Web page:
First impressions matter and nothing shows that more clearly than a 2021 study conducted by Top Design Firms (and quoted by HubSpot). The study states that 50% of website users believe web design is critical for your overall brand.
With such little margin of error, you can’t afford to have a mundane portfolio website. The success of your design business depends on it.
Most of your website visitors will be other designers, prospective clients, and employers. To capture their attention and keep them engaged, you must build your design portfolio website the right way. But how do you go about that?
Read on to find out:
- Why You Need a Design Portfolio
- How To Create a Design Portfolio
- What Are Hiring Managers Looking for in Design Portfolios?
- Examples of Design Portfolios
- Final Thoughts: A Quick Guide on How To Create a Design Portfolio
Why You Need a Design Portfolio
If you’re a designer of any kind, here are some reasons you need a portfolio:
- Your portfolio acts as a professional resume. Most recruiters will find you fit for a full-time job by first looking at your portfolio.
- You can show your design skills and unique expertise as a designer with your portfolio.
- A portfolio helps you keep your work relevant and up-to-date with market standards.
- You can use your portfolio to get freelance projects. Besides adding to your experience, side projects will make you an extra income on the side.
How To Create a Design Portfolio
1. Ensure people can easily access your portfolio.
2. Showcase your most outstanding and excellent work.
3. Go for high-resolution designs.
4. Show how passionate you are about your work.
5. Use client recommendations and case studies.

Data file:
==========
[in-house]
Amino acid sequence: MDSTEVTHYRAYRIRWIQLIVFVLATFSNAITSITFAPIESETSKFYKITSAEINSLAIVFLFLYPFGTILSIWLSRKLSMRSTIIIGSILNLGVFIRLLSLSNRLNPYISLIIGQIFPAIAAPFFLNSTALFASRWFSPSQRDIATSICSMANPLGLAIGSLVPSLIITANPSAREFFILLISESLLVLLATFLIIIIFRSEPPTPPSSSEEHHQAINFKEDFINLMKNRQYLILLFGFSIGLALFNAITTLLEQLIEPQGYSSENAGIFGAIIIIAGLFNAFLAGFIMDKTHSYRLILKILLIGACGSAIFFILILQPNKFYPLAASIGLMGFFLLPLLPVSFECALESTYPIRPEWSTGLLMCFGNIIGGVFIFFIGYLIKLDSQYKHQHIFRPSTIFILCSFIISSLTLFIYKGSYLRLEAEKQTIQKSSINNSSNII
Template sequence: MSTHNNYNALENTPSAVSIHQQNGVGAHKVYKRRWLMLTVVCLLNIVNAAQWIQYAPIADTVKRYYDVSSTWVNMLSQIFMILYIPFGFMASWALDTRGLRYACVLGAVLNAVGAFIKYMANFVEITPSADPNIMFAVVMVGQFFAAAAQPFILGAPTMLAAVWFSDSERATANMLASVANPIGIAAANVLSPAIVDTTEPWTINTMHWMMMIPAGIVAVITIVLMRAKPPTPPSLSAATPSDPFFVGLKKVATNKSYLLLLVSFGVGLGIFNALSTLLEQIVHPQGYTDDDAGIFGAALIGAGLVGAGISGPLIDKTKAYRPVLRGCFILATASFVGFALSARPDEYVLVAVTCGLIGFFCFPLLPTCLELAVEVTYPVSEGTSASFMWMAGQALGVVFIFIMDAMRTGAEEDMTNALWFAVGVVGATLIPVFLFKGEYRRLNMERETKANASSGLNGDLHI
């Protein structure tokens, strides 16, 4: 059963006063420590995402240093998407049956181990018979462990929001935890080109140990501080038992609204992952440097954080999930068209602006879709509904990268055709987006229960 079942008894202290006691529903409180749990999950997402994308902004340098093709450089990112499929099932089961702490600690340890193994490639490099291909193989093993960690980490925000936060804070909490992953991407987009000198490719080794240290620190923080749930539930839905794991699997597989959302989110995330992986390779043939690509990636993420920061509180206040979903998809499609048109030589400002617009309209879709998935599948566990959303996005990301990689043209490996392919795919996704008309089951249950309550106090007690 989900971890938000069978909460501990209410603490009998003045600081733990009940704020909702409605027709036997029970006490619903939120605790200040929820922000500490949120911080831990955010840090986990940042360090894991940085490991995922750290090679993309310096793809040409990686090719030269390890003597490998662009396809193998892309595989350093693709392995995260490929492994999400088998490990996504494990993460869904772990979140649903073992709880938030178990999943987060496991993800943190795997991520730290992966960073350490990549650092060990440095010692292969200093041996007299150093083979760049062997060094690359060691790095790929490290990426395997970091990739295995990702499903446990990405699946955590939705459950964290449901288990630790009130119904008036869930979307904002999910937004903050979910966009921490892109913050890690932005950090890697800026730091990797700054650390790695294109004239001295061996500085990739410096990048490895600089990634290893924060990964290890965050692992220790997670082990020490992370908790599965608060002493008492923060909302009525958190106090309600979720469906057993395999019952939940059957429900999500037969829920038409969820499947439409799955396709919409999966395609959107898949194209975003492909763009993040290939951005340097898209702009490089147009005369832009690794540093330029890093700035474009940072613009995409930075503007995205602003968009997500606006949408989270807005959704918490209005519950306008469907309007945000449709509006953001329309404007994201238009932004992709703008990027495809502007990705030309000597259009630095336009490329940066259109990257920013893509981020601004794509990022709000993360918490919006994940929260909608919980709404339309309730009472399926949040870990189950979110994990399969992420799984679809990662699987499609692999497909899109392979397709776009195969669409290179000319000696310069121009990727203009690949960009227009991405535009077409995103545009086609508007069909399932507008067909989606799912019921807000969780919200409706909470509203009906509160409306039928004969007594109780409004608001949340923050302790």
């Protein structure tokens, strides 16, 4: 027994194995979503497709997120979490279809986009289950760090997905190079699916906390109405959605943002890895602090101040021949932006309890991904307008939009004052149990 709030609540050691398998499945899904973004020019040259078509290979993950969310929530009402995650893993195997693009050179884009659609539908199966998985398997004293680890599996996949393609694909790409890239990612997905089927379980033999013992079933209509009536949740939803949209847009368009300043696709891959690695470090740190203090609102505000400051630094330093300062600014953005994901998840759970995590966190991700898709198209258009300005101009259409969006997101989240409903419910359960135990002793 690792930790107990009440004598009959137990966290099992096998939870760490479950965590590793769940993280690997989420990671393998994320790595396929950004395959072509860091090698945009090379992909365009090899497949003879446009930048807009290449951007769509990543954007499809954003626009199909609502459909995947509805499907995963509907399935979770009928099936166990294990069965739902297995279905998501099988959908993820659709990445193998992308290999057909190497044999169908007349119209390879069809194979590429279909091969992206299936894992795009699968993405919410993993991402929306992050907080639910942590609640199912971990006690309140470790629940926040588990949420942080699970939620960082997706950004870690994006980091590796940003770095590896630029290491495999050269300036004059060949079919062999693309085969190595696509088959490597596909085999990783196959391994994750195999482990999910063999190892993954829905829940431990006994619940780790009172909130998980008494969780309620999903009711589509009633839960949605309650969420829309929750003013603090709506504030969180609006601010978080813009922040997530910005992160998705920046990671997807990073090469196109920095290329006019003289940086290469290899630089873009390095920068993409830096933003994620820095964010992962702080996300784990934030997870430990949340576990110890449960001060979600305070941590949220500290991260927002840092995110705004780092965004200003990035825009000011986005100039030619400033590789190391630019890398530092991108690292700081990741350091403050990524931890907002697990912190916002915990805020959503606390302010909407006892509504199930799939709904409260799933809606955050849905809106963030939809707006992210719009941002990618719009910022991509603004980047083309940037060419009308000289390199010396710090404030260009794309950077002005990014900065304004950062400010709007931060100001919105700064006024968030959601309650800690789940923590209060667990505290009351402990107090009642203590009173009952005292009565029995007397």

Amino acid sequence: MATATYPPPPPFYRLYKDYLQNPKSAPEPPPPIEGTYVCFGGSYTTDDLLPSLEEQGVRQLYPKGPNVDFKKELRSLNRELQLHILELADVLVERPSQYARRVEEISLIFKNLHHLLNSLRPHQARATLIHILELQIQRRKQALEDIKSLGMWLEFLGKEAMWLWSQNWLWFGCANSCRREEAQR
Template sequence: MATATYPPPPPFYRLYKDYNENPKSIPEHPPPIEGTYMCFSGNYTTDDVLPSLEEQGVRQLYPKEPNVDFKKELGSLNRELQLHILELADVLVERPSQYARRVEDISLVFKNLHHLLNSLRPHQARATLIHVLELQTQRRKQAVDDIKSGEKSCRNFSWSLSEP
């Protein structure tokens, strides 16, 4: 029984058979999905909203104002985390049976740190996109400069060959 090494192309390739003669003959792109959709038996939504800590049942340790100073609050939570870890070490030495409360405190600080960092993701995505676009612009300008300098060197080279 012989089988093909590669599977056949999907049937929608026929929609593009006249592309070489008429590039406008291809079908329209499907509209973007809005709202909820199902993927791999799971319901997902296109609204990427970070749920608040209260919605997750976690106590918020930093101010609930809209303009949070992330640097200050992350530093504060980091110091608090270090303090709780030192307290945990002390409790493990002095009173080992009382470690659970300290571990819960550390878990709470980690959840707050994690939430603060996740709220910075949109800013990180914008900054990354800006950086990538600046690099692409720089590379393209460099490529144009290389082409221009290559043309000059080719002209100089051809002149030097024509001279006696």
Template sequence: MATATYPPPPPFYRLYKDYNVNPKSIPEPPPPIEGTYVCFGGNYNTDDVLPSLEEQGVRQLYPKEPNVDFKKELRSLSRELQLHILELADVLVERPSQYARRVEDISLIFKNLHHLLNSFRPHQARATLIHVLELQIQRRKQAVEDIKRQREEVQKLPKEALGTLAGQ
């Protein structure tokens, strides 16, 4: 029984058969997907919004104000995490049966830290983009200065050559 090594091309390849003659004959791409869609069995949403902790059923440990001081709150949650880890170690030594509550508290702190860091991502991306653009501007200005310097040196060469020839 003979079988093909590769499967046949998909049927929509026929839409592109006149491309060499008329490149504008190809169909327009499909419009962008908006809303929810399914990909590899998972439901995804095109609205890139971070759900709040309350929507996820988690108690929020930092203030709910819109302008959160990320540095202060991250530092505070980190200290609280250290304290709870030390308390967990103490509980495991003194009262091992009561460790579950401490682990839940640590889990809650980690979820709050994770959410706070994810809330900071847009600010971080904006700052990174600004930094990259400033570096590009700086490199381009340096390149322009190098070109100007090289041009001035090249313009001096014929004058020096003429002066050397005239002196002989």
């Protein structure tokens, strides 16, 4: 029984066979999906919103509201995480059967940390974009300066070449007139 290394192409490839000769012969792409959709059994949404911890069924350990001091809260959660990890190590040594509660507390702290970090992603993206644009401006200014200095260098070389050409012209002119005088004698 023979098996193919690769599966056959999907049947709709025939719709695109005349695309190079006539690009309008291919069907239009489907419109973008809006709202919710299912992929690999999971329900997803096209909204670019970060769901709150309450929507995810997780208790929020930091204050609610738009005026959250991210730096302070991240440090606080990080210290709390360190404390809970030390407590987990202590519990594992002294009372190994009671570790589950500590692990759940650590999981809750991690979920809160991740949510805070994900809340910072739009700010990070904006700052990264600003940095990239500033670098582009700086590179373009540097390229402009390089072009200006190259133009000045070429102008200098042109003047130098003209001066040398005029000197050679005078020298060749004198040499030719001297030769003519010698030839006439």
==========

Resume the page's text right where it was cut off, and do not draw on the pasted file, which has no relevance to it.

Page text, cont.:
6. Showcase side projects and non-client work.
These six tips will improve the overall quality of your design portfolio. Let’s have a closer look at them.
1. Ensure People Can Easily Access Your Portfolio.
You can get as creative as you want with your portfolio website. In fact, you can show a bit of personality and expertise by building an innovative portfolio. You can also experiment with creative layouts on your website's UX design experience.
However, you must always remember your online portfolio isn’t just for you. Many people will explore your work. That includes other designers, family, friends, potential employers, and partners.
Always choose intuitive UI designs and user-friendly website templates. That way, users can scroll through your portfolio website with little effort.
You should also keep in mind that 42% of users leave a website with poor functionality. So, make your website responsive.
Think about it. If the creative director of your dream web design firm opens your portfolio website on their smartphone, they can quickly scroll through your designs.
That’s not all. You can also take advantage of other digital platforms to enhance your portfolio. For example, a well-curated Dribbble or Behance profile is just as powerful as your portfolio. So are your social media pages. Try whatever works. You can have them all at once.
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2. Showcase Your Most Outstanding Work.
Your portfolio allows you to showcase your finest work to the world in a unique way. Unless you’re Michelangelo, take some time to select your best work out of everything you’ve ever created.